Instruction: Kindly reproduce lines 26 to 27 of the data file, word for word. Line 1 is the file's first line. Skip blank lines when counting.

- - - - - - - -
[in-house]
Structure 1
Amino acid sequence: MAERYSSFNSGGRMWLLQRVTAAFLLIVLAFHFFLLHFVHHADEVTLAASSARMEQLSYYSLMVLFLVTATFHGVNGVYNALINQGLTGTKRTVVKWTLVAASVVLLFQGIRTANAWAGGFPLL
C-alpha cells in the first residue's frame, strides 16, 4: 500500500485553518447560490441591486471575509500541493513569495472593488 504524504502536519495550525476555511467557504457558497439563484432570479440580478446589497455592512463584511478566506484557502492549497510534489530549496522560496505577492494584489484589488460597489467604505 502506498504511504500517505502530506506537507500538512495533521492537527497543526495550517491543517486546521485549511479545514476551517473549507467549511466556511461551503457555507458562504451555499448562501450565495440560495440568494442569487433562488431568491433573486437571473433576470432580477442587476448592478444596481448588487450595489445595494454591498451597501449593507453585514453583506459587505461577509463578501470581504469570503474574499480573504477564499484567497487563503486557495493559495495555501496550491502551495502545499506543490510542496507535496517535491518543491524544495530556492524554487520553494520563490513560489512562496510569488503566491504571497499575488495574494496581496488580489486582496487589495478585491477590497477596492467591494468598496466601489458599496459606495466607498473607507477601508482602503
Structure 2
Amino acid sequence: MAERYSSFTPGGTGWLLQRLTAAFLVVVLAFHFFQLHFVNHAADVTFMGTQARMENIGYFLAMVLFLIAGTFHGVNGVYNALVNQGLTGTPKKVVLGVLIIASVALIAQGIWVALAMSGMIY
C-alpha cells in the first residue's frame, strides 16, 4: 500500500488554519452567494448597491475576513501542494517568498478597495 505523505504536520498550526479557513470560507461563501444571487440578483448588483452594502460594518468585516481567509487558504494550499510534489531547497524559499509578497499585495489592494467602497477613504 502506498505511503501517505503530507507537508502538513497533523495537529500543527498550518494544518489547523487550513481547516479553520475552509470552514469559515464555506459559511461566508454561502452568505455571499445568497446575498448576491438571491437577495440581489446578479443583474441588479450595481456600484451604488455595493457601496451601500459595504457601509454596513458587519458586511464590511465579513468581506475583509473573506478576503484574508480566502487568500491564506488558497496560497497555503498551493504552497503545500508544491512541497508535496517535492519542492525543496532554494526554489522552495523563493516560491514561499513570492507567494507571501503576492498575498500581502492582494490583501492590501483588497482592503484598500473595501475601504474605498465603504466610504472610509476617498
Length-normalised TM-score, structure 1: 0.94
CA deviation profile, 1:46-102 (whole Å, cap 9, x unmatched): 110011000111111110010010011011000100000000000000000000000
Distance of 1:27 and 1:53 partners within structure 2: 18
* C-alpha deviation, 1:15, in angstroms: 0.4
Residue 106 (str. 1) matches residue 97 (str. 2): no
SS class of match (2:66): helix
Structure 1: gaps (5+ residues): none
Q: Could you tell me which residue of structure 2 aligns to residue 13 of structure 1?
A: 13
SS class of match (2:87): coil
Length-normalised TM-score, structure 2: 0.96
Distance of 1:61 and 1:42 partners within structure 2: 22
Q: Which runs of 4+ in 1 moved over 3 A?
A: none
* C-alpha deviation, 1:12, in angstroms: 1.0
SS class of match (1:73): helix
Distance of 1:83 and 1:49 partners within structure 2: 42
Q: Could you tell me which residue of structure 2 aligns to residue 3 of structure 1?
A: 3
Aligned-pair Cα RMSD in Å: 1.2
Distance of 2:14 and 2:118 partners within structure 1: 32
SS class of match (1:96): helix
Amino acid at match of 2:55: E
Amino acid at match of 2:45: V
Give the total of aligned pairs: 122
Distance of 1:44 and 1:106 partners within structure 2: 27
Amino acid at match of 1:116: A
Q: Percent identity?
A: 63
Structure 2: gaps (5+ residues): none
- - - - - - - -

A: 3
Aligned-pair Cα RMSD in Å: 1.2